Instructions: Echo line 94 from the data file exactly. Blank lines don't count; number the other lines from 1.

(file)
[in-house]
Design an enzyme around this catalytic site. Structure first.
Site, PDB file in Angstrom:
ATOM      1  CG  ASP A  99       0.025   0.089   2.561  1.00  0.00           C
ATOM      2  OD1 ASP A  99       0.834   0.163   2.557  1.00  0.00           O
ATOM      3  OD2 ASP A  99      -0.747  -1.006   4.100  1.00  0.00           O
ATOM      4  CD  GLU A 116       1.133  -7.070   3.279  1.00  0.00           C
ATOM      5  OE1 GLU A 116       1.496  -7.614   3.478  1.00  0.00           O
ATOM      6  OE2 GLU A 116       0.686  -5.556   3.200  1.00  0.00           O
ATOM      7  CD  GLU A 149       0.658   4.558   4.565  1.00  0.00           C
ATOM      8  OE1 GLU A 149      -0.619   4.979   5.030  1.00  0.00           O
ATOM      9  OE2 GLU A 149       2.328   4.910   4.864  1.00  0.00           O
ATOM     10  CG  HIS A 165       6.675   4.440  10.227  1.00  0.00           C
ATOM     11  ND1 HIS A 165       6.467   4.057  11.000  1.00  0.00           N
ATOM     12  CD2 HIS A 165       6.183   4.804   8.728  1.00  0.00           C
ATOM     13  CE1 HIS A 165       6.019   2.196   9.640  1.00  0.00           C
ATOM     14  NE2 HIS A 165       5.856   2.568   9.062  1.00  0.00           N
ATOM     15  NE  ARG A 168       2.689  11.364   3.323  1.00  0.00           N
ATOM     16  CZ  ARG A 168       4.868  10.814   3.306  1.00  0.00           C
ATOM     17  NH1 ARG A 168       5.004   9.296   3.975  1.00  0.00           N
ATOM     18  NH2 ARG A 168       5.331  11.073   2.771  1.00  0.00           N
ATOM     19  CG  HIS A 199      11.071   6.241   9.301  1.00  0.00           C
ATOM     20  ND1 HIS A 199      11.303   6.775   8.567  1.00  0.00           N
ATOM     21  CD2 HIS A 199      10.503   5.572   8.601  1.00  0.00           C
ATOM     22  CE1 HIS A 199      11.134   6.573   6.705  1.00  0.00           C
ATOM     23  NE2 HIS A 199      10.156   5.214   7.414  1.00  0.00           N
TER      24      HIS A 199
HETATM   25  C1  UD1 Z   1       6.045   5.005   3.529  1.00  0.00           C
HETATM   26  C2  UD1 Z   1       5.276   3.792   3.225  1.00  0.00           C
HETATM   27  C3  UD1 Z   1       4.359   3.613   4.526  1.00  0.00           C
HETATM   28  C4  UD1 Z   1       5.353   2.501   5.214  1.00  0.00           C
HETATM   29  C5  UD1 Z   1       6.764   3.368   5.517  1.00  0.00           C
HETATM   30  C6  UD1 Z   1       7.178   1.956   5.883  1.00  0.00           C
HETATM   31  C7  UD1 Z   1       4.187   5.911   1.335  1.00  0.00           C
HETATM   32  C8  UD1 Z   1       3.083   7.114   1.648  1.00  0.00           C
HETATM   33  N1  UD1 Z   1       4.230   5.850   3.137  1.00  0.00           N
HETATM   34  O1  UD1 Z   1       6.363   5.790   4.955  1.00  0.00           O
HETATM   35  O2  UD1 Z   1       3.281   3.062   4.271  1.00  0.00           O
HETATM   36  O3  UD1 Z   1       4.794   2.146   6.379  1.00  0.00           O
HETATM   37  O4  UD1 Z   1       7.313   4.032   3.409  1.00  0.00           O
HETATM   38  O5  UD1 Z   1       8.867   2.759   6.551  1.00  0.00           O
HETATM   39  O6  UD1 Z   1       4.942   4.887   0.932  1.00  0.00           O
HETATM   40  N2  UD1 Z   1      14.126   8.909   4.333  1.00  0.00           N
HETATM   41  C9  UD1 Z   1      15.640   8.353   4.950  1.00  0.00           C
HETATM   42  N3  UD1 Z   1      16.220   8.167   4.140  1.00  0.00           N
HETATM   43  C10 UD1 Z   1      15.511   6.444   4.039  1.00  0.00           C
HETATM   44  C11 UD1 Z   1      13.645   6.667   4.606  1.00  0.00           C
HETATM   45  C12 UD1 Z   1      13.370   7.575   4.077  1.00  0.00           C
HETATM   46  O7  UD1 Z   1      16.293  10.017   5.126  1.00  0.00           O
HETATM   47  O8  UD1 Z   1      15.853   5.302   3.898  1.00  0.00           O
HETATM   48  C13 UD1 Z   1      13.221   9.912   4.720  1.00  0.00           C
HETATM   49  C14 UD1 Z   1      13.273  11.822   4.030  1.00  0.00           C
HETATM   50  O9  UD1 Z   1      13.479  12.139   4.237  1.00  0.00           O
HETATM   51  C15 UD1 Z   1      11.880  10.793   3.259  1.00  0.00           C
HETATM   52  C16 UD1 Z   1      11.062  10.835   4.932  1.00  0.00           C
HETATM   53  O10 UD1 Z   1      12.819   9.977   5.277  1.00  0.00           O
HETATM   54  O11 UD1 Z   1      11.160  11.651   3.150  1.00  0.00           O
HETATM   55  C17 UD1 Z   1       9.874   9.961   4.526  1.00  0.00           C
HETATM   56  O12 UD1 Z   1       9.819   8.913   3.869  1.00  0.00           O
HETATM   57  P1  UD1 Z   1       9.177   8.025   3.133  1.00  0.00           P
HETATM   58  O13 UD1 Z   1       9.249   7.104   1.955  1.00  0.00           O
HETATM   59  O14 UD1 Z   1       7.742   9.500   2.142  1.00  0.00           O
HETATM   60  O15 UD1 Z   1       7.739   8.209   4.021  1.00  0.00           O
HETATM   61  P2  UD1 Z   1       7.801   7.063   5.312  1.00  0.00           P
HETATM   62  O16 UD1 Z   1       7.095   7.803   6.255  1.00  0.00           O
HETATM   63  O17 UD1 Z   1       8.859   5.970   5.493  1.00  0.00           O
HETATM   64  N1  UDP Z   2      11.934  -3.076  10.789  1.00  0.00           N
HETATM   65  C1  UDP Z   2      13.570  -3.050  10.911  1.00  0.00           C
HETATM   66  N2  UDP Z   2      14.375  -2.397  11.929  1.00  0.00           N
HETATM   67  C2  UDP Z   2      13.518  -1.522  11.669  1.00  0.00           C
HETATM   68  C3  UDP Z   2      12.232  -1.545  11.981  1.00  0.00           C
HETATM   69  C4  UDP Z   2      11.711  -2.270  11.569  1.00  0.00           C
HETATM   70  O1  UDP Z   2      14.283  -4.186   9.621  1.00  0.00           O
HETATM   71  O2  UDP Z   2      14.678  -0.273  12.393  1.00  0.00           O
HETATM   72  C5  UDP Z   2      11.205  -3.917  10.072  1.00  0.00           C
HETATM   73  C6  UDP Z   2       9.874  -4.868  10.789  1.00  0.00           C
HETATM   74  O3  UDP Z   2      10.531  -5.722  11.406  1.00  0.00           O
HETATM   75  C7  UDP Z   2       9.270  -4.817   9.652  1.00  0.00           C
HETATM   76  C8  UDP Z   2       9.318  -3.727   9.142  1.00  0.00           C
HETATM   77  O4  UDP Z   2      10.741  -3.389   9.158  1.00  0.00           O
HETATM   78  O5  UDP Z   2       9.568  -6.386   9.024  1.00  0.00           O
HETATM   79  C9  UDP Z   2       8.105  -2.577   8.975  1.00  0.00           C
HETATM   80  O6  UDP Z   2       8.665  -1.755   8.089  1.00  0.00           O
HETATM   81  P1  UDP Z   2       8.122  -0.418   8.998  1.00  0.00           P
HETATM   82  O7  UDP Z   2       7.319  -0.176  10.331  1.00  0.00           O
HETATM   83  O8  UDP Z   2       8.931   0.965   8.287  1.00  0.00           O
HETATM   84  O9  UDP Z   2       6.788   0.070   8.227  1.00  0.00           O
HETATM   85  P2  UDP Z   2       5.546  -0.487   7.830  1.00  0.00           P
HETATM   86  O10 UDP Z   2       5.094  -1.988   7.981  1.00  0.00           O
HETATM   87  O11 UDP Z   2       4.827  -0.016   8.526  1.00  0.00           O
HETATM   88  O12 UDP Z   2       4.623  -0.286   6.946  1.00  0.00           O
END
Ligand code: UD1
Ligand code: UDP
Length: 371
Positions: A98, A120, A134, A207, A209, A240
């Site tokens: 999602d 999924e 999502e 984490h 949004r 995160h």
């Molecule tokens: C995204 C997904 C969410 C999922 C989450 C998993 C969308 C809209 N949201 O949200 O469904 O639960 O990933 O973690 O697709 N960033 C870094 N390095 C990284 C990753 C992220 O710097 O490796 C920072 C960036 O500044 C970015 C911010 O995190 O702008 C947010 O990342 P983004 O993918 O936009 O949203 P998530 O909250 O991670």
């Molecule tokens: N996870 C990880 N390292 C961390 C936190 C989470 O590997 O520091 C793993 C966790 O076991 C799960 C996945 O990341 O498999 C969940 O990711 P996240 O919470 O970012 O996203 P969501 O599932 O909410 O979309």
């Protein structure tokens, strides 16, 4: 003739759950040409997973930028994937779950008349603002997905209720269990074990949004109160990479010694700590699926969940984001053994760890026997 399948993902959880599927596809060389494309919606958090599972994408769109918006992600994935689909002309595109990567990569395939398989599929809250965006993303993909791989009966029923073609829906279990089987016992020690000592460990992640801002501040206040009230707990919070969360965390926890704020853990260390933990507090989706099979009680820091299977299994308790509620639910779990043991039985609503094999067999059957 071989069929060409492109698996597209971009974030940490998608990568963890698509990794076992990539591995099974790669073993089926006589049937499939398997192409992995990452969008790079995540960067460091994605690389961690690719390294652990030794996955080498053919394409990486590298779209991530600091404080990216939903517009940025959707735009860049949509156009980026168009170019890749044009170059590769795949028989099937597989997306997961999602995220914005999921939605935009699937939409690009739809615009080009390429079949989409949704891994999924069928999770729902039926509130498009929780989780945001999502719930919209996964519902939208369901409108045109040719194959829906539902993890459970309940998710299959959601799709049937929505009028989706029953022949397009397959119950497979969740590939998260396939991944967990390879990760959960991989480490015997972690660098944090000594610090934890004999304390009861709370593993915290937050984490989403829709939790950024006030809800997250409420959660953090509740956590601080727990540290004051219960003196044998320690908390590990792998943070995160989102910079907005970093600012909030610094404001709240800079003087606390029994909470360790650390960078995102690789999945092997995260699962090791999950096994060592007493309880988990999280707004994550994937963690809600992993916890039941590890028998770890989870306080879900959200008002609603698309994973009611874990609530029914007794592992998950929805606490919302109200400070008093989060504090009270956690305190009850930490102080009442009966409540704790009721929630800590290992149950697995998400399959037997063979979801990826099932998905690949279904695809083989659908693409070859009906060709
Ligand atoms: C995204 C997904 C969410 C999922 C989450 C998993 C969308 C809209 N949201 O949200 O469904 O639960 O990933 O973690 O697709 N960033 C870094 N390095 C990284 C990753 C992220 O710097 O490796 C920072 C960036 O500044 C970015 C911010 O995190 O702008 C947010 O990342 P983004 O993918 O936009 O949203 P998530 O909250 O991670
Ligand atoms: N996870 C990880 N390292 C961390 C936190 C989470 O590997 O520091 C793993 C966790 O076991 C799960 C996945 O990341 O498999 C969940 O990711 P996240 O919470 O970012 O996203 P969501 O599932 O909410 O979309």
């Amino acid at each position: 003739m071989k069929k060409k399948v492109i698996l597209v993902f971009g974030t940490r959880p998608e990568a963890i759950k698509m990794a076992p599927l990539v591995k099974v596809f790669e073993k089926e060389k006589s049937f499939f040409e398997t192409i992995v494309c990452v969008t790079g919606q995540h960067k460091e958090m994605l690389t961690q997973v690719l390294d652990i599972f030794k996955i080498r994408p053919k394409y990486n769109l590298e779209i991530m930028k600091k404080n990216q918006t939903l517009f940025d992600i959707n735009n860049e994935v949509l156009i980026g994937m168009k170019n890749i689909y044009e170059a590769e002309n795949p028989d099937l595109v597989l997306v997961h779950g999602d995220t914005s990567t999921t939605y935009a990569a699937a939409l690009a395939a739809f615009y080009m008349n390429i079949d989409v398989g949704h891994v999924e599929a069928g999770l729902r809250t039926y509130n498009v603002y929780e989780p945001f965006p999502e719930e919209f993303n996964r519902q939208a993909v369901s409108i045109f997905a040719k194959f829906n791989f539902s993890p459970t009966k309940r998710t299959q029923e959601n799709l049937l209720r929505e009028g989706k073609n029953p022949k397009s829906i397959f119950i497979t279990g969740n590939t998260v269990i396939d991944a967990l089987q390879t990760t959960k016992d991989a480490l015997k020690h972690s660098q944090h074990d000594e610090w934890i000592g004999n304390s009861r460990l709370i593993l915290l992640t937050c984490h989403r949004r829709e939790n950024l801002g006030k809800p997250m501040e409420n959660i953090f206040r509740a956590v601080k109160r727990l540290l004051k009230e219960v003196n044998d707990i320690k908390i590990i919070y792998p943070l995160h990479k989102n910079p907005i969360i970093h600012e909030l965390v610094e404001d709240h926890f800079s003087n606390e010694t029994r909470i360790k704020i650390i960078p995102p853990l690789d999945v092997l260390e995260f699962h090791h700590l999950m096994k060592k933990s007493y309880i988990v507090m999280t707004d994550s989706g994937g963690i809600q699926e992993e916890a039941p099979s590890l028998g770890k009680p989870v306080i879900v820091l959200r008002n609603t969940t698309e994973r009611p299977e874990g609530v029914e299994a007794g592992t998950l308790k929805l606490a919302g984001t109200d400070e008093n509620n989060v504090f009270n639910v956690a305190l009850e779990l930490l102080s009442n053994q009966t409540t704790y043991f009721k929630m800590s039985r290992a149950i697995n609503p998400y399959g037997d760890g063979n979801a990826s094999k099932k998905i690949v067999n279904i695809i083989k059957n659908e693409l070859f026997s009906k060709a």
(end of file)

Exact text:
Ligand code: UDP